Alvin and Florence had thirteen children born to them while living in Woodville. They were Louisa, Thelma, Elzada (Peggy), Denzel, Dora, Oscar, Lewis, Effie, Alma, Elnora Ellen, Lavern , Theda Rae, and a stillborn son. Elnora, and Theda Rae died in infancy and Lavern at age 13. They are all buried in the Woodville Cemetery.

Alvin was always gentle with his children and Dora says she doesn't remember him punishing them very often. She did remember one time he whipped her older brother Denzel, but later found that Denzel was not at fault and he felt very sorry for it. She said one day she swore and her father slapped her so hard she fell across the room. He said he didn't want his children to swear. These periods of punishment was very rare in their family.

While Alvin and Florence were living in Roberts they went to Utah for a load of fruit with Alvin's father who had converted an old car into a pickup truck. They must have gone on faith. George W. was subject to fainting spells and on their way home he blacked out and the car hit a pole and fell into a canal full of water. Alvin was knocked out and the others thrown into the water. Alvin came to long enough to see that Florence was in the water and through sheer strength and determination he reached her and held her head above the water. He then passed out again. When help arrived Alvin was still holding Florence's head above the water. George W. had been injured, hut managed to pull himself to safety before passing out again. They were taken to the hospital and remained for several days. Florence was more seriously hurt and had to remain there longer than the others.

Alvin moved his family from Roberts to Kimball, Idaho and ran a country store there as well as a farm just below the store. He also had an agency with McNess Co. and sold their products from the store as well as traveling throughout Snake River Valley. He made many friends while selling his McNess products and became well known for his honesty and integrity. He had no enemies.

While he operated the store in Kimball, LaReah Huntsman, his niece was visiting with them for a few days and she recalls a band of gypsies coming by. They asked for permission to camp in the small camp grounds south of the store. The store was a large room with adequate living quarters in the back. Alvin gave them permission and then came into the house and told those present that if the gypsies came into the store the family was all to go into the store and keep watch on the gypsies so they couldn't get away with anything. This they did and thought they had been very observant, but after the gypsies had left they noticed several shelves had been stripped clean. They had tucked the stuff in the many skirts they wore for that purpose. Alvin called the authorities, but by the time they got there the gypsies had completely disappeared.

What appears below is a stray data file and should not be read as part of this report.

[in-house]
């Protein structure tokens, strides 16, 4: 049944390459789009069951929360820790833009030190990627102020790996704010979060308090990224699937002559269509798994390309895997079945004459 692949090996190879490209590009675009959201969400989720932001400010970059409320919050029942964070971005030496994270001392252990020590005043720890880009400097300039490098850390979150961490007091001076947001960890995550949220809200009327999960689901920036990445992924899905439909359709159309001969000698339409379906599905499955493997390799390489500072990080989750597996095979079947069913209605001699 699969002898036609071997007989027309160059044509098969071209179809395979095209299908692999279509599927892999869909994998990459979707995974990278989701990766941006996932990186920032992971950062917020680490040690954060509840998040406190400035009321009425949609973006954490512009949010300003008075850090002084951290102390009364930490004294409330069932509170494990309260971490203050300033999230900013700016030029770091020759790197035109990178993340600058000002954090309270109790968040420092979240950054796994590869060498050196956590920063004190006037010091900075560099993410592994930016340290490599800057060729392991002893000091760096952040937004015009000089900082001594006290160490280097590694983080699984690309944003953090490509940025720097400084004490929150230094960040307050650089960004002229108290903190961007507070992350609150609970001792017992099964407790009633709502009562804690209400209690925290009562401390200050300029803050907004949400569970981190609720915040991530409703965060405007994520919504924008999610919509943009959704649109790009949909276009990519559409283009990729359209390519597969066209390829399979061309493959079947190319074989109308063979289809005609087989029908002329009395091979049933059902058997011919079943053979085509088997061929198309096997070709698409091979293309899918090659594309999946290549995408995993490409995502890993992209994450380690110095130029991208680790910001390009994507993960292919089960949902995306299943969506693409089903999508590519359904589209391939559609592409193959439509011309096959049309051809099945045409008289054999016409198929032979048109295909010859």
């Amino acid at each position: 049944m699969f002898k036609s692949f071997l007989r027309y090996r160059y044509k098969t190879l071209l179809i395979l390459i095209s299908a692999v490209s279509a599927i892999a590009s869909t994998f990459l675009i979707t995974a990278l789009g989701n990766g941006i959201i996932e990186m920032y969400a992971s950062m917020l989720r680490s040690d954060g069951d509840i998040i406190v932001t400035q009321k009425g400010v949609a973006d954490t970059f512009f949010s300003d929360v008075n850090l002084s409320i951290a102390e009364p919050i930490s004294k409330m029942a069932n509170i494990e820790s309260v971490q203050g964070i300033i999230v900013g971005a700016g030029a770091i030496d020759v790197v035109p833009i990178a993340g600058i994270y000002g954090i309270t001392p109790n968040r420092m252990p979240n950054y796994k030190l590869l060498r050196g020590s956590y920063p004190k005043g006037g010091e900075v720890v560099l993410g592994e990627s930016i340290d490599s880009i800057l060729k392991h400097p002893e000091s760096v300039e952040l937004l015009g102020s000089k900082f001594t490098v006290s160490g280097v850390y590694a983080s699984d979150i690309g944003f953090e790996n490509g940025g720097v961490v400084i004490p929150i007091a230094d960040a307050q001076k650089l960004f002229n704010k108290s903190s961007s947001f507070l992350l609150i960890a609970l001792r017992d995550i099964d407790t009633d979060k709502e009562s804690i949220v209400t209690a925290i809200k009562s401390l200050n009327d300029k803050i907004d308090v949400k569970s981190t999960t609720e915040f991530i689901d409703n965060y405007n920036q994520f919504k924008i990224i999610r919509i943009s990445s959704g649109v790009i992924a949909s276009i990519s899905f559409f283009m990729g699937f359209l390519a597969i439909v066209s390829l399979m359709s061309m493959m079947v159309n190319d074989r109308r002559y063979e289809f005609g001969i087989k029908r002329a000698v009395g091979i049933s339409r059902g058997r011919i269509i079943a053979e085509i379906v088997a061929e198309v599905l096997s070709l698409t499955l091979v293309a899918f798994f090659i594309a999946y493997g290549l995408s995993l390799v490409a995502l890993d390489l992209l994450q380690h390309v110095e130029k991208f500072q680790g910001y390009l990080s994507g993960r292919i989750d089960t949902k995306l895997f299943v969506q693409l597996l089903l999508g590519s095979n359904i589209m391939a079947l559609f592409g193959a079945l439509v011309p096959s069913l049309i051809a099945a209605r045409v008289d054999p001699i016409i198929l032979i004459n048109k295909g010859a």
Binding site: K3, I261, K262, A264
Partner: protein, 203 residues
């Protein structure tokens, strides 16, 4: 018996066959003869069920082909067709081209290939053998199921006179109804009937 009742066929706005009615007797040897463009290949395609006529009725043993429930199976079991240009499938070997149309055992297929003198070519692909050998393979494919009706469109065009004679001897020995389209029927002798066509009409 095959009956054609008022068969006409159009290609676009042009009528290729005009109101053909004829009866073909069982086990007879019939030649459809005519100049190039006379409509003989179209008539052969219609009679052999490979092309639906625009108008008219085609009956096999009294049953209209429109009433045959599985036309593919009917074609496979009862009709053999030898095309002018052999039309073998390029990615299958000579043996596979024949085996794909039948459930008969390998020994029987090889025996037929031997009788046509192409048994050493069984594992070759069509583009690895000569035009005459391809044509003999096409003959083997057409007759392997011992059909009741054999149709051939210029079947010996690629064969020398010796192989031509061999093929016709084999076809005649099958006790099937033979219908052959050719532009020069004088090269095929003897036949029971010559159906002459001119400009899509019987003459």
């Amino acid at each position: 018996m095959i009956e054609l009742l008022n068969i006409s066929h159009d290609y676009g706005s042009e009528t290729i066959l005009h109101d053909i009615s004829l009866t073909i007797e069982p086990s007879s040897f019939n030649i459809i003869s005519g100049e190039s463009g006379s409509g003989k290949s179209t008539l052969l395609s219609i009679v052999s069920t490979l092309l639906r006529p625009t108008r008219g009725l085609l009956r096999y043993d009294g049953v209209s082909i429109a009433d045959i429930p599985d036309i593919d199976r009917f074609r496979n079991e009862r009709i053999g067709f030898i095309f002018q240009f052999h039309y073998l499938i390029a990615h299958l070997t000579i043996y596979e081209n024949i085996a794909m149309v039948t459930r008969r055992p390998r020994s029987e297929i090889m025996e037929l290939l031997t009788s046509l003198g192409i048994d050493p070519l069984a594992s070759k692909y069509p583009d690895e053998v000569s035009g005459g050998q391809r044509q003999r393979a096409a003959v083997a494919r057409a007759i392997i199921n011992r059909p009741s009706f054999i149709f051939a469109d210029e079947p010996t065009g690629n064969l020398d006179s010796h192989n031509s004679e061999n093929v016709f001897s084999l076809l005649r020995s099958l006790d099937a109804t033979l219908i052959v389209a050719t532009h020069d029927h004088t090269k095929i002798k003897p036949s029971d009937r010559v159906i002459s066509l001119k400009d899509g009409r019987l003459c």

Alvin and Florence were both very religious and worked in the various organizations of the church in each community they lived in. Florence loved Relief Society and was an asset to the organization. She taught Primary, MIA and Sunday School through the years, but Relief Society was her main interest and she was on the active Relief Society Teaching Roll until her death. Alvin held various positions in the church and was a High Priest. He served a Stake Mission for the Shelley Stake He also was Sunday School Superintendent of the Kimball Ward and was custodian of the church house while living there. Dora recalled a severe winter storm one Sunday and the roads were impassible. It was Alvin's job to keep the building clean and have it warm when it was time for the meetings to start. This cold morning Alvin went to the church as usual and had a nice warm fire going. Only about six people braved the storm and came to church, but Sunday School was held anyway.

When their health failed they moved to a small house across the tracks and a little south of their store in Kimball. They always had a small garden and flowers. Alvin continued to sell McNess. Their daughter Dora lived a short distance east of this little house.

As years passed Alvin continued as a Ward Teacher for the Kimball Ward and his wife served as a Relief Society Teacher. Alvin received a 35 year pin from the McNess Company and that is a long time to work for one company. As their health failed they would spend their summers in Kimball and their winters in Olympia, Wash. where some of their children had moved. The doctor told Alvin if he moved to a different climate five years could be added to his life. They moved to Olympia permanently and opened a small country store in front of their home and sold McNess products, groceries and notions until their deaths.

A year or so before Alvin's death he made one more trip to Idaho Falls to attend the George Washington Gifford family reunion. His son Denzel and wife drove them here from Washington. He was weak in body, but strong in faith and bore his testimony to his loved ones who attended.

Alvin passed away 16 Nov. 1967 at Olympia, Washington. He was laid to rest in the Woodville Cemetery which was part of the original homestead. He was surrounded by his many friends and relatives who had been buried there. He had truly come home. He was survived by his wife and family, a sister Nora and brother Milo.

Those who knew Alvin were made richer for the experience. He was truly a man of God and lived His principles as he understood them and spent his lifetime teaching the gospel so that others might find the joy therein.